* Bongo was actually conceived before Binky and Sheba ever met, in the blacked-out centre bottom panel of 1981's strip "Binky's Jungle Passion: Part Three." In 1983's "Hellabaloo", shortly after hooking up with Sheba Binky is confronted with a visitation from Hulga, a female of indeterminate species with whom he shared a one-night stand in that infamous black panel. She leaves Binky with the toddler and disappears to pursue her career in New York.

Bongo is named after "Club Bongo", where Binky and Hulga met.

The word "bongos" is often used (out of ignorance) to refer to many kinds of drums that are, in fact, not actually bongos. I have heard congas, djembes, tablas and even tom-toms referred to as "bongos". They are not the same-- not even close.

Bongos are two small drums which are attached to each other. The two drums are of equal height, though the diameter of their drum heads differ. The larger drum is called the hembra, the diameter of its head usually ranges from 8 to 10 inches. The smaller drum, the macho, has a head 6 to 8 inches in diameter. Bongo heads can be made out of a variety of animal hides. Synthetic heads are also popular. X-ray film is often used for the drum head in Cuba; it creates a distinguished "popping" sound with little resonance. This sort of sound is highly desirable for the macho drum, though is hard to achieve with regular skins as they tend to snap under high-tension tuning. Furthermore, change in temperature and humidity can cause a tuned head to snap due to physical constricting. For this reason, it is wise (though pesky) to de-tune your drums after playing them. Tuning the drum is mechanically simple, as most modern bongos are fitted with steel hardware which can be adjusted with a crescent wrench. However, this hardware was not always a standard: earlier in the 20th century, skins were tacked on, and had to be heated manually by flame to be tuned. Bongos are most commonly made out of oak or fiberglass, though it is not rare to find them made out of other kinds of wood.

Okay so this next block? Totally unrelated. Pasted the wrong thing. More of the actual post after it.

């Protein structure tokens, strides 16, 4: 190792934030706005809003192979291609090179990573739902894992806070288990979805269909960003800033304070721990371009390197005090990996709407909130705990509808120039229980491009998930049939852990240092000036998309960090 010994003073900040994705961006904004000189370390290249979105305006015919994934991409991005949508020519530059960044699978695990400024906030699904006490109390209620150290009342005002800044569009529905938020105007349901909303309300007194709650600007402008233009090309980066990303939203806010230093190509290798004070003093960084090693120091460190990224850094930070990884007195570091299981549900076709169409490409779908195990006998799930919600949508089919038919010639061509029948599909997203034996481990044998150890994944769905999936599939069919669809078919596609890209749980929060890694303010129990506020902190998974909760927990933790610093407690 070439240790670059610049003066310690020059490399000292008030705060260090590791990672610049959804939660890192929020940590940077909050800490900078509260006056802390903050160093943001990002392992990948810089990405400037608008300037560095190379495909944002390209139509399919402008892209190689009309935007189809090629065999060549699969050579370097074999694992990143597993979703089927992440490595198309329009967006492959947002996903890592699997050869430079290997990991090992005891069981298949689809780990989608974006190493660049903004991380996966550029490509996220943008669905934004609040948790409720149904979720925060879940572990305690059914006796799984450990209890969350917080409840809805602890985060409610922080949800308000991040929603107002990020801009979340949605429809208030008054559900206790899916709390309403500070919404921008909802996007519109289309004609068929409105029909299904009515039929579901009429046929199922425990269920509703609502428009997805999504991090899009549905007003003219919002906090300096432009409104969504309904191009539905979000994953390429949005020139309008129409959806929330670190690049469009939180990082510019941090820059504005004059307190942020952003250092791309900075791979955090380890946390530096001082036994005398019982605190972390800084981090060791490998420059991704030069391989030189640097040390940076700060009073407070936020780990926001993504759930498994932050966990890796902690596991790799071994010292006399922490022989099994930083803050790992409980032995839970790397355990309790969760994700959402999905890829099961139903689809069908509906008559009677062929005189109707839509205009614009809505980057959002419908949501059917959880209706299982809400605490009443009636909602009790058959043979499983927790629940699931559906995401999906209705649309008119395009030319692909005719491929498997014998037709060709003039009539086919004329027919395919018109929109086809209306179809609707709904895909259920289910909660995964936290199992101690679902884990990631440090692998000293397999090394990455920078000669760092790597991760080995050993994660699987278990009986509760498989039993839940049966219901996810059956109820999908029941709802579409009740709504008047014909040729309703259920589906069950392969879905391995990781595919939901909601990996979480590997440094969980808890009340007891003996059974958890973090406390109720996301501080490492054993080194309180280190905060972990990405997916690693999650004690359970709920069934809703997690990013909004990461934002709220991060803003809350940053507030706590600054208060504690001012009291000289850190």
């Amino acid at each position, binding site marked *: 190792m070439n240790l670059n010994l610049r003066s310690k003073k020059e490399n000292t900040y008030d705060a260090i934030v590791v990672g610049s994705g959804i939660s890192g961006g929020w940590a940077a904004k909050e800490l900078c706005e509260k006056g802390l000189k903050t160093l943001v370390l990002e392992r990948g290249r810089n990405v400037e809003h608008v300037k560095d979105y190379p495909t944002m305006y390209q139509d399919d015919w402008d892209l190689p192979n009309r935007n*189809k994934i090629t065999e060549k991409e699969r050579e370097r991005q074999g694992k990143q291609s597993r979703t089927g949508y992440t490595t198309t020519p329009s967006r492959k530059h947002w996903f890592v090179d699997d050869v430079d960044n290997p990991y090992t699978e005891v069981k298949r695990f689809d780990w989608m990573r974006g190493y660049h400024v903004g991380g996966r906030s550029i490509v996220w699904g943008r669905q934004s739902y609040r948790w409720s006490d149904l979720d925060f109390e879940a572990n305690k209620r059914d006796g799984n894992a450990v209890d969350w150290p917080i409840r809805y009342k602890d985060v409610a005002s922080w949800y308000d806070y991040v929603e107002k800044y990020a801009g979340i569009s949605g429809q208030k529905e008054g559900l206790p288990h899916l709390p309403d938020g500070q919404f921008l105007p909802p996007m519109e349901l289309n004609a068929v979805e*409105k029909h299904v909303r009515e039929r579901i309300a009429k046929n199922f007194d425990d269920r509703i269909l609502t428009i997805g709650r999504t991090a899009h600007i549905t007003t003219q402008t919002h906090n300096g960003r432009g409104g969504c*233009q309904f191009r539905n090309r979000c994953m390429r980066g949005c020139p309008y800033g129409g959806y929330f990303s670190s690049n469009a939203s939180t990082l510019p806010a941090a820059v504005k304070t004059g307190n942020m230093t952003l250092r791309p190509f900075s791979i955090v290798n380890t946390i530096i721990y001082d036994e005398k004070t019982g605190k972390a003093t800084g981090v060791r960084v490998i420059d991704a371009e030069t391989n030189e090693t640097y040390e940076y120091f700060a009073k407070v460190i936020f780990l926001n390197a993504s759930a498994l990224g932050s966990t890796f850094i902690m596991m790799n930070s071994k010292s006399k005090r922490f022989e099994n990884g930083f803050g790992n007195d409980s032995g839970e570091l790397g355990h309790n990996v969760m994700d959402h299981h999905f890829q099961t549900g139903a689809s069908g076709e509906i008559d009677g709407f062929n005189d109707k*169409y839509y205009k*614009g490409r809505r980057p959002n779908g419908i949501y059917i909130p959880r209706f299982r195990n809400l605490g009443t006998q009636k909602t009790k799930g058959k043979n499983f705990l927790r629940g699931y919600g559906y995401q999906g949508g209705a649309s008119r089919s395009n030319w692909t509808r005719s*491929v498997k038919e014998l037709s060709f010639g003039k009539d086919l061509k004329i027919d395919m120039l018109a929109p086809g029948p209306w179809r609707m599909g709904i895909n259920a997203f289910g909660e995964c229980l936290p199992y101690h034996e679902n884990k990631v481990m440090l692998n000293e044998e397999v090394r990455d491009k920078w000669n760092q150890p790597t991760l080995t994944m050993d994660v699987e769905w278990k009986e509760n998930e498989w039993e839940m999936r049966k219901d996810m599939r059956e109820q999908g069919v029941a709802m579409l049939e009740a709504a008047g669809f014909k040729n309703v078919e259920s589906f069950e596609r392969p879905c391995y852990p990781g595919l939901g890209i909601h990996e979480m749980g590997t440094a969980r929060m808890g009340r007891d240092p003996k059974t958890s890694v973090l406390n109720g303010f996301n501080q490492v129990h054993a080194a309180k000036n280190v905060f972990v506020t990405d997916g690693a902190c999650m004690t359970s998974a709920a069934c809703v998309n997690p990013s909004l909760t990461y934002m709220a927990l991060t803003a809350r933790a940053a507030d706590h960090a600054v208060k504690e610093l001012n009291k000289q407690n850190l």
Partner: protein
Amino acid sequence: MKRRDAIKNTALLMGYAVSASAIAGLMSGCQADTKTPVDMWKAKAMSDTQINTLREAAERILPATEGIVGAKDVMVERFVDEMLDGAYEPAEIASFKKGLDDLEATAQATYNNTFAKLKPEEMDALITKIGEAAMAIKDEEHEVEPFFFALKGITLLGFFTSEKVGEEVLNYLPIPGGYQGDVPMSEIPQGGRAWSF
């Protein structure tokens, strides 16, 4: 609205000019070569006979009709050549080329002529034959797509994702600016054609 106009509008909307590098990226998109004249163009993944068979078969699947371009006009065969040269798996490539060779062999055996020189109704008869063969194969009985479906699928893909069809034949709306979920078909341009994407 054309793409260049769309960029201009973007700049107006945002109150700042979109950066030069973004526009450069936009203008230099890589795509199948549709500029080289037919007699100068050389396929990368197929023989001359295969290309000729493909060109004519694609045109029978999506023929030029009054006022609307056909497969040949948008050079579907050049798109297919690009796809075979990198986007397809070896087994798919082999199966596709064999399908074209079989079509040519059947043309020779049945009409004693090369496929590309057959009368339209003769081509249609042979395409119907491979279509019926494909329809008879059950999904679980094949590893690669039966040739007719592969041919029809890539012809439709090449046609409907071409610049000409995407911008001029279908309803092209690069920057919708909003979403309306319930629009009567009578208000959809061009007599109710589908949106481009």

Bongos are played with the macho to the left of the bongocero (bongo player). They are held between the legs and struck with the pads of the fingers--slapping knuckles against the heads can cause serious physical damage to the player (though makes a much louder noise). The macho drum is usually played more than the hembra. The hembra serves as a "bass" of sorts, the macho acts to accent and count out time.

Bongos are most commonly used in Afro-Cuban music, though they really could go with any genre of music: I've played along with everything from ambient to industrial to country to classic rock to indie pop. They are extremely portable--bongos weigh about as much as an electric guitar (though are much less comfortable to carry around).

You should take up bongos. They're great. I swear.

Bon"go (bŏn"go), n.

Either of two large antelopes (Boocercus eurycercus of West Africa, and B. isaaci of East Africa) of a reddish or chestnut-brown color with narrow white stripes on the body. Their flesh is especially esteemed as food.


© Webster 1913.